Our clients sometimes ask whether they should provide us artwork in the form of vectors or rasters, so we thought we’d clear up the mystery and make things a little less overwhelming. The first thing to note is that the ways in which vectors and rasters create graphics are different. That means each can only be saved in its own distinct file formats, and so the computer applications they open with vary too. From what program to use, to how they’ll help you with creating your sign, here’s everything you need to know…

What’s the difference between raster and vector graphics?

Raster graphics are what can be thought of as traditional digital images, making their appearance as JPEG, PNG, and TIFF files.

They’re old school yet highly prevalent in a modern day Google image search.

If you are working in Photoshop, this is most likely what you are creating. Thousands of tiny pixels of different colours are arranged to make up an image. When viewed at the correct/original size, these pixels are invisible to the eye, giving the impression of a crisp, clean image. However, if a raster image is scaled up, the image will quickly begin to pixelate, becoming blocky and distorted.

Vector graphics are pretty darn cool. Broadly speaking, they’re the favoured form of graphics and come as EPS and AI files.

Many of the same effects that can be achieved in traditional raster images can also be achieved with vectors, though they don’t always win the fight.

If you are working in Illustrator, vectors are generally the files you will make. They are made up of straight paths and pivotal nodes (helpful when drawing edges or curves). In layman’s terms, vectors are hard outlines, so they’re not great at creating gradients. That’s where raster graphics come out on top. However, they are infinitely scaleable – because each colour, shape or section is contained with a line or node, with basic mathematic functions, vectors can be replicated to any ratio and remain sharp. The image size can be changed any amount, and no loss of quality will be seen.

Cutting and plotting

When it comes to sign making, the paths that contain vector graphics serve another important purpose – they are particularly handy when cutting vinyl, as they are used by our vinyl plotter to guide the blade. Raster images (JPEG, PNG etc.) will not contain any paths, and therefore it’s important to remember they are not suitable for cutting from vinyl.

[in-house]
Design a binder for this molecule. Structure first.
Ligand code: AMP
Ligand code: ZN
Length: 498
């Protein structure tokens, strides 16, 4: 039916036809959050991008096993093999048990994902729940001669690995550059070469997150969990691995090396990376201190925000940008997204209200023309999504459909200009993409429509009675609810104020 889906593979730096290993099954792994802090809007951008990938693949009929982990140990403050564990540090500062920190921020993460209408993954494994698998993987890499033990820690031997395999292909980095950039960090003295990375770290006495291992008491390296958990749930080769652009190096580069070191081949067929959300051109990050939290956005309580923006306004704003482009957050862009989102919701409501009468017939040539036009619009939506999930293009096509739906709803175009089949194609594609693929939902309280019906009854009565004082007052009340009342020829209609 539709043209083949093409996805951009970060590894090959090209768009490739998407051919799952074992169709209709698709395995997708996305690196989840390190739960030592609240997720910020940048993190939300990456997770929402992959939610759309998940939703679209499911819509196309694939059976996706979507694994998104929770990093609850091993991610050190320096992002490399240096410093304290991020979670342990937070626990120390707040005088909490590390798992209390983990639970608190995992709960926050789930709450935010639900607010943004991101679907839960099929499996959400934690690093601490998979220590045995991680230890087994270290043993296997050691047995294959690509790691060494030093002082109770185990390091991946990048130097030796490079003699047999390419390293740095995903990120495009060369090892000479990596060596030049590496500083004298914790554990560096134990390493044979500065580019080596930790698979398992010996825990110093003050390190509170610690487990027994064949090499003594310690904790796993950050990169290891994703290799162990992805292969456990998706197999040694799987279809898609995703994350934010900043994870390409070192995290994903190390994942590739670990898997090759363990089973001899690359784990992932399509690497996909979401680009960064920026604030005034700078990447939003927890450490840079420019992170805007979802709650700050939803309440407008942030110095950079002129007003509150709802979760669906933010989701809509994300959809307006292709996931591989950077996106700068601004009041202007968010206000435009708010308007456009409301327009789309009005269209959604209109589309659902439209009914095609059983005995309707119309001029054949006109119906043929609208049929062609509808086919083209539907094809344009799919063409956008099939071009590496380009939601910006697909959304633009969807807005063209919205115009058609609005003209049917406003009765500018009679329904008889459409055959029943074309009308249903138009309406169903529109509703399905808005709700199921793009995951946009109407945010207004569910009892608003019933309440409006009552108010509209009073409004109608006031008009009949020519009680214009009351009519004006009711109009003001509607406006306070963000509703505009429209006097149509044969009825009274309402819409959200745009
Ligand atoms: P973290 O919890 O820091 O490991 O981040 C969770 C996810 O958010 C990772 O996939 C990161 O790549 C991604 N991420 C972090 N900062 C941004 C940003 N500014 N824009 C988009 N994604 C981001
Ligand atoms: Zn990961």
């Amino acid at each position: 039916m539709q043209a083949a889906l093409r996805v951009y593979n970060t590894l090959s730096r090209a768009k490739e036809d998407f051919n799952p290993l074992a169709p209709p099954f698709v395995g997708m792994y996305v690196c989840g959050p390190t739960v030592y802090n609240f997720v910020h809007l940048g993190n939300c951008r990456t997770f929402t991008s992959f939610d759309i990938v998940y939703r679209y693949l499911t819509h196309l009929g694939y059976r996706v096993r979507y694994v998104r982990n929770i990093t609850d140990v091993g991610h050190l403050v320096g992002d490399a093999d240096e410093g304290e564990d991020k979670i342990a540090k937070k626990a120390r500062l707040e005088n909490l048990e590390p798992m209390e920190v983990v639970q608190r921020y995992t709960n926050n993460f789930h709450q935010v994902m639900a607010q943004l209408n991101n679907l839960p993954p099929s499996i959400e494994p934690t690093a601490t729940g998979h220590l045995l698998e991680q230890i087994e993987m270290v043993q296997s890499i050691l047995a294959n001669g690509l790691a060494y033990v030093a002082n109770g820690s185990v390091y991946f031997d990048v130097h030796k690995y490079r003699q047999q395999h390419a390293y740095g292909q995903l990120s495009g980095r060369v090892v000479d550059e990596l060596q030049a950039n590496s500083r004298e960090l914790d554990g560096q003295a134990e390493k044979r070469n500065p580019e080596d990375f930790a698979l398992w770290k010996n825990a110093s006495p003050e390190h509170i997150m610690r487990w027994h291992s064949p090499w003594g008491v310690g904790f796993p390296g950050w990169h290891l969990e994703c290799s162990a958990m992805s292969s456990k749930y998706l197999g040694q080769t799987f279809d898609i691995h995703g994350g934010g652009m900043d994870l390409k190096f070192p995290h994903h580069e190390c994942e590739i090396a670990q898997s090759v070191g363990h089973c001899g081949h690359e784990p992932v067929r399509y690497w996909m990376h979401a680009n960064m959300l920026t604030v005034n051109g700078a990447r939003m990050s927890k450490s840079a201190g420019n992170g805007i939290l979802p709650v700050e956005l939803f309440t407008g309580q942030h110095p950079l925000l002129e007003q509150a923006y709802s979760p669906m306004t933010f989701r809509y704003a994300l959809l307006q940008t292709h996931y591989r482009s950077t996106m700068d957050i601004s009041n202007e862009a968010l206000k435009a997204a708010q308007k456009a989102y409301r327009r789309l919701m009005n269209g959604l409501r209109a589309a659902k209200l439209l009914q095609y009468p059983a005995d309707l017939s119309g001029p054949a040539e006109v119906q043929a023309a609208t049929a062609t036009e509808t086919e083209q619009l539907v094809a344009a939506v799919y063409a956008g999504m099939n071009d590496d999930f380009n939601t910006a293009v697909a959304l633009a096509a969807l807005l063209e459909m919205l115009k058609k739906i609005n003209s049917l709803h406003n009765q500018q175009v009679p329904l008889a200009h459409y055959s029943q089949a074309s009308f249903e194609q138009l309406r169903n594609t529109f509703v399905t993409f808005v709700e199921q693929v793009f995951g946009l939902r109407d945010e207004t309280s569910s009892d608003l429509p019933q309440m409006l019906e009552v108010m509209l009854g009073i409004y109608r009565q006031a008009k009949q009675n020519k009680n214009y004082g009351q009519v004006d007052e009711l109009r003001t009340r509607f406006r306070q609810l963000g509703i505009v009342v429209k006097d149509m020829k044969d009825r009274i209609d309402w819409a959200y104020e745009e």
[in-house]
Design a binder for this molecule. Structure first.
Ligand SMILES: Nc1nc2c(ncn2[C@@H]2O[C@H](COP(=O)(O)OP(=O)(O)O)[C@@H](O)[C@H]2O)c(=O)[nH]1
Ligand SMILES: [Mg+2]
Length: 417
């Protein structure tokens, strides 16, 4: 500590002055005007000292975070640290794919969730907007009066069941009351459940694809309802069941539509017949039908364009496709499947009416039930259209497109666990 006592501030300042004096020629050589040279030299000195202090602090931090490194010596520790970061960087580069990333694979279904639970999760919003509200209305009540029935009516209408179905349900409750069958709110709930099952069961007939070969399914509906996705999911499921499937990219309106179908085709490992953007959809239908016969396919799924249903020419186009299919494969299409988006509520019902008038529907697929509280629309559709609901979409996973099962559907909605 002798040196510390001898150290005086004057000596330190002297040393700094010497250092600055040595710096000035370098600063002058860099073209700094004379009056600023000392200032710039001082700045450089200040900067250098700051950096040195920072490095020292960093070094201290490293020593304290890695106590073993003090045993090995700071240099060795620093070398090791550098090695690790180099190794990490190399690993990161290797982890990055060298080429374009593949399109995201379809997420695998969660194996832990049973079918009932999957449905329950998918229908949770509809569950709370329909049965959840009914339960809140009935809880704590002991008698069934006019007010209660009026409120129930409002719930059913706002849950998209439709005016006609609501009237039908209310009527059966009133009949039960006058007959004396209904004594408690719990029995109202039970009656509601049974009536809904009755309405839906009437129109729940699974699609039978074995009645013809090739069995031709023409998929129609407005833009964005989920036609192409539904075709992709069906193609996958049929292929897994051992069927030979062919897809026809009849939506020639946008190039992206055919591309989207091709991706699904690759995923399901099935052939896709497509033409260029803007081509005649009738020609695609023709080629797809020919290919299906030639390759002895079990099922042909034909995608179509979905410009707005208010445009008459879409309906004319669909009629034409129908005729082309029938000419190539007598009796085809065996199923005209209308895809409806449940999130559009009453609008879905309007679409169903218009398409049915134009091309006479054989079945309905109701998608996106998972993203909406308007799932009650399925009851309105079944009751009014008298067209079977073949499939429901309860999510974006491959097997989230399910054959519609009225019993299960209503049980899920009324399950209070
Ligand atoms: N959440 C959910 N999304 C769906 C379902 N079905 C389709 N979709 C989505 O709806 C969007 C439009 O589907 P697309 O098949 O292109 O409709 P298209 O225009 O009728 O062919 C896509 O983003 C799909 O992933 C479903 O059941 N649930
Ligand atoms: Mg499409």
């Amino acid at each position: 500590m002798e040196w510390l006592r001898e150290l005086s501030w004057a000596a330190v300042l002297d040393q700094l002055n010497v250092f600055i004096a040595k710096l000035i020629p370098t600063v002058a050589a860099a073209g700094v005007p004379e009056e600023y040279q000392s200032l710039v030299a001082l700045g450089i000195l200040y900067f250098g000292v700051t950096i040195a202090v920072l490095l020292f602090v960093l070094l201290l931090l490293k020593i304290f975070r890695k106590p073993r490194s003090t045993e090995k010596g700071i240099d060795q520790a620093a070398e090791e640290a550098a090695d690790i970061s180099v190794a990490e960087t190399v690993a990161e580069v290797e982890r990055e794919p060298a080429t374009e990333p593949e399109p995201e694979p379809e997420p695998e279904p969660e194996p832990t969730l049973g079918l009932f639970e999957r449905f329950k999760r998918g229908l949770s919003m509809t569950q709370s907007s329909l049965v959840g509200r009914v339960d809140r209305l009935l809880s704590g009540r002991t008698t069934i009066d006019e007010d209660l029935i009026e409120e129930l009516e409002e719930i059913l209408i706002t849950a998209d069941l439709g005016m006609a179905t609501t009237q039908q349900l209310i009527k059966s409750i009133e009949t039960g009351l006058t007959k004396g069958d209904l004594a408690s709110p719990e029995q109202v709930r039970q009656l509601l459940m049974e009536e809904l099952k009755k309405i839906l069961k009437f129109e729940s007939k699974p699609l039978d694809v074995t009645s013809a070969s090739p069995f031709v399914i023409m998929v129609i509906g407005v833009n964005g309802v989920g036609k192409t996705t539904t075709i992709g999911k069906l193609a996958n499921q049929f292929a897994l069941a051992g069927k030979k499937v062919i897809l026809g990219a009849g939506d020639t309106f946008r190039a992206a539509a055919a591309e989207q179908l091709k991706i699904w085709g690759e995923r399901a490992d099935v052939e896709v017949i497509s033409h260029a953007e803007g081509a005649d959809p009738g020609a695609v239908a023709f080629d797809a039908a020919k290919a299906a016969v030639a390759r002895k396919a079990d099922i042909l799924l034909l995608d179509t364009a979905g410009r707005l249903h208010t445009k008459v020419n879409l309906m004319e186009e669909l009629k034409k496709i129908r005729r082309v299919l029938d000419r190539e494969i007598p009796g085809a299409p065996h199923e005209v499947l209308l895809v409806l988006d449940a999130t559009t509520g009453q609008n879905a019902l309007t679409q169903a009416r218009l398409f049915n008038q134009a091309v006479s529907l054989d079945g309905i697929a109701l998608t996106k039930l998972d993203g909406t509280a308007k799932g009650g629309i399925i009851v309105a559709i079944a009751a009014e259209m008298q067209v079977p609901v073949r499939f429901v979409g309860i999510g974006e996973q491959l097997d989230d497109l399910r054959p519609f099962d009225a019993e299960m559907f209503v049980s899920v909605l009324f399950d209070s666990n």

You can however take a raster image and draw a vector path over it, defining the area that needs to be cut. When cutting complex shapes, this can obviously be a time consuming process, so it’s important to keep in mind.

This delicious ham roll is a raster image. To cut its shape from vinyl, we have added a path to its outside.

As mentioned, every path in your image will be cut by our plotter. Defining each shape in your image will result in unwanted cuts – you’ll basically be left with pieces that fit together like a puzzle. To prevent this or any overlaps by the vinyl cutter, you need to ‘weld’ all your shapes and create one single path that traces around the perimeter. The best way to think of this, is a silhouette, ensuring just the outline gets cut.

Outlining text

When creating text in Illustrator, paths are not immediately created. This is to save setting anything in stone too soon, allowing text to be edited and formatted as desired. Once the final design is set however, the text will need to be converted to outlines. This generates the paths from which the shapes are cut.

It is important to note that once outlined, the text is no longer ‘live’ and cannot be edited as normal, so avoid outlining till you’re certain that the design is complete and finalised.


Outlining strokes

There is no such thing as a stroke of luck when it comes to Illustrator. Strokes are finicky things. Here’s what you need to know.

In Illustrator, any stroke you draw is a single path, made thinner or thicker by adding weight.

Vinyl plotters don’t see thinness or thickness though, they just see a single line. To a vinyl cutter, a single line means a single line – and will translate as a slit or incision on your beautiful sheet of vinyl.

To produce not just the path of a line, but the shape and weight of a line in real life, you need to talk the vinyl cutter’s language and outline the circumference of the stroke.

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